Gods, Goddesses, Kathak, and Humanity
There has been collective outrage amongst Indians upon the news of a pregnant elephant intentionally being fed a pineapple filled with firecrackers in rural Kerala. Naturally, I saw my social media flooded with calls for the nation to enforce more stringent animal protection laws. “Animals are just as valuable as humans”, I read multiple times over.
We later found out that the pregnant elephant was not intentionally fed the firecracker-filled pineapple. Farmers in the region commonly use such traps to keep wild boars away from their crops. The elephant had ventured away from her usual terrain and found herself victim to a cruel dead-end trap.
Similarly, at the other end of India, a pregnant woman, Safoora Zargar, had bravely ventured away from the usual path and has now found herself on the wrong end of law protection.
A lot of what I learned about the intricacies of Hinduism and womanhood came from my dance Kathak training. I was taught that the most beautiful women had the carefully measured and elegant gait of a majestic elephant, Ganesh Chal. I was shown that women were made up of fearless power and nurturing grace, Devi Stuti. And I was told that women and men were equal, Radha-Krishna Thumris.
One of the most well-known symbols of Hinduism is the elephant. “Oh yeah, you have the elephant-headed God right?” Yes, Lord Ganesha. The one that Hindus are taught to invoke at the beginning of every new path that we tread on, the remover of all obstacles, and the Lord of Good Fortune.
Alongside Ganesh, I grew up with stories about Hindu Goddesses. All powerful, fearless, and confrontational like the warrior Goddess, Durga (Devi). She rides a tiger or a lion, to symbolize her mastery over power, will, and determination. She is depicted with having between eight to eighteen arms, each holding a symbolic weapon so that she is ever ready to battle evil from any direction.
Due to their deep cultural and religious history, the protection rates of Indian elephants have been significantly higher than other Asian regional elephants. But somehow, despite being considered the embodiments of Devi, we can definitely say that Indian women are not delivered the same protection rates.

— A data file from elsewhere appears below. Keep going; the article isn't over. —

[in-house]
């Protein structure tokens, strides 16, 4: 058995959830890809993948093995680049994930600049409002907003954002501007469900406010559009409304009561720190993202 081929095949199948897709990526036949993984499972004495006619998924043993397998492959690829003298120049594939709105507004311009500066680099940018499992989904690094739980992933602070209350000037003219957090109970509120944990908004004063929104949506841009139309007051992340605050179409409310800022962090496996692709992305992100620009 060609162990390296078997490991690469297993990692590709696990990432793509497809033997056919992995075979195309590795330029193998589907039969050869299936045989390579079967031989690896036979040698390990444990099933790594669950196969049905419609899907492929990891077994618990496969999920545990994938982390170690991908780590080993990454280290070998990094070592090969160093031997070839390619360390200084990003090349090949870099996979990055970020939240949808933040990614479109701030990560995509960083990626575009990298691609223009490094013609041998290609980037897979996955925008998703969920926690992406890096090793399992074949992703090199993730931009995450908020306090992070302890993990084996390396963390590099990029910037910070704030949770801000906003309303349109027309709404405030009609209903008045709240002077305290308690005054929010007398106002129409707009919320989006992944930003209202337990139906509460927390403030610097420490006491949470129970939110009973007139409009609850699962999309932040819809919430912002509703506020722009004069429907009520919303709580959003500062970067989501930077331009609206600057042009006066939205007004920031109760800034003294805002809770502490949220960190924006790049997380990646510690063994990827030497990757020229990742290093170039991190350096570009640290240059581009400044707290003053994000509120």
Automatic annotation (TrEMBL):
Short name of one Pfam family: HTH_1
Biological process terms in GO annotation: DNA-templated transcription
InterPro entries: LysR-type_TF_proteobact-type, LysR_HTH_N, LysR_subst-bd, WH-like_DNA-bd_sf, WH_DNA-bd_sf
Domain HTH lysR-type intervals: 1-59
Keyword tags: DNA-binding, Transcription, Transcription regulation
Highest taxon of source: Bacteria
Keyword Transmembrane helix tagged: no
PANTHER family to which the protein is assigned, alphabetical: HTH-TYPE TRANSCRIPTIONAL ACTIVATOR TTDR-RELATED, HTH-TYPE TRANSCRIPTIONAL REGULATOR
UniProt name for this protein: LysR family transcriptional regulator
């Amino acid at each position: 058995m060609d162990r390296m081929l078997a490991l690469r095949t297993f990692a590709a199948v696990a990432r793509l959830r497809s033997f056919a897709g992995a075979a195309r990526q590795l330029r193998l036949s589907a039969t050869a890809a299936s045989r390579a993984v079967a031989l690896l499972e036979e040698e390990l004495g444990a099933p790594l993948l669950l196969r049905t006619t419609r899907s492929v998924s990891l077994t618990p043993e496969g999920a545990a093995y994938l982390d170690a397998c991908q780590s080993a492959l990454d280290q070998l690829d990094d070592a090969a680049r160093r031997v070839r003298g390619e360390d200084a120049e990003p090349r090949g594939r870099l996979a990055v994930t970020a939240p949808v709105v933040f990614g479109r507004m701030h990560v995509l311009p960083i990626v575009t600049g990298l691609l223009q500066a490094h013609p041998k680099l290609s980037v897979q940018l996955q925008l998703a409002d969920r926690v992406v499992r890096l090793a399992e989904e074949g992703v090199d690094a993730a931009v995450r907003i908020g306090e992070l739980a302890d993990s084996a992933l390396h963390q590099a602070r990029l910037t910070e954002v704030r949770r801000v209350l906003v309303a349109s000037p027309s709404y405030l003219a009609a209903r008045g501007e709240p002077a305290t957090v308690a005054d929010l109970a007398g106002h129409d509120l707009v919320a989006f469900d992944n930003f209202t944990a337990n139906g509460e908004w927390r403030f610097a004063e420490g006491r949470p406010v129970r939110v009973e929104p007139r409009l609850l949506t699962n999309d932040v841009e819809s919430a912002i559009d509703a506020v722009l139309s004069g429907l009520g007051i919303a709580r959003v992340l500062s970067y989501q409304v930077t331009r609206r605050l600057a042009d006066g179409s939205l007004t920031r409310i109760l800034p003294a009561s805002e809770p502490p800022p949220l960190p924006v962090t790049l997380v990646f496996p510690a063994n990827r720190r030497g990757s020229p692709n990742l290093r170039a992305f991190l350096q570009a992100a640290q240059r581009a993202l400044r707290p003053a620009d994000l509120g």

Safoora Zargar is an MPhil student at the Jamia Millia Islamia University in the nation’s capital, New Delhi. She was arrested on April 10th for allegedly organizing Anti-CAA protests and road blockades at the Jaffrabad Metro Station in February.
On April 13th she was charged for pre-planned conspiracy for the communal riots in Delhi.
On April 21, she was held to another charge under UAPA: Unlawful Activities (Prevention) Act. This charge pertains to offences of unlawful activity, commission of a terrorist act, collecting funds for a terrorist act and conspiracy for committing a terrorist act.
To understand the severity of this charge, we can compare it to normal criminal law. Under normal criminal law, the accused can be detained under police custody for a maximum of 15 days but under UAPA, it’s 30 days. Under normal criminal law, the police have to formally charge the accused (file a charge sheet) within 90 days, but under UAPA it’s 180 days.
On the same night that we heard of the tragic incident of the pregnant elephant in Kerala, Safoora was denied bail for a third time, on the basis that it cannot be said that there is no prima facie case (evidence required for bail against UAPA) against the accused. The court’s claim is that Safoora made an inflammatory speech at the Chand Bagh protest in Delhi. Her lawyers provided evidence that Safoora was briefly at Chand Bagh prior to any violence taking place and was delivering a speech on that same day in Khureji, a different part of Delhi.
Since April 15th, Safoora has been held in the overcrowded Tihar Jail, South Asia’s largest prison complex. She is 5-months pregnant, is more vulnerable to COVID-19, and is suffering complications due to her Polycystic Ovary Syndrome (PCOS) diagnosis.
Safoora’s pregnancy has been used by some as a means to spark sympathy, and by others to dehumanize her by questioning her character and the legitimacy of her baby. Somewhere in between all of these external narratives, we seem to overlook the internal fearless Muslim woman activist that she is and the humanitarian cause that she ventured out to fight for.
It is not my place to assess the judiciary system, neither do I have the knowledge to. However, I can’t help myself asking what if her gender or religion were different? In times when there is a parallel narrative where the American judiciary and police systems are under scrutiny by its citizens via the Black Lives Matter movement, I find myself wondering: What is the difference between a woman and an elephant? And what answer to this question are we going to give Safoora’s baby?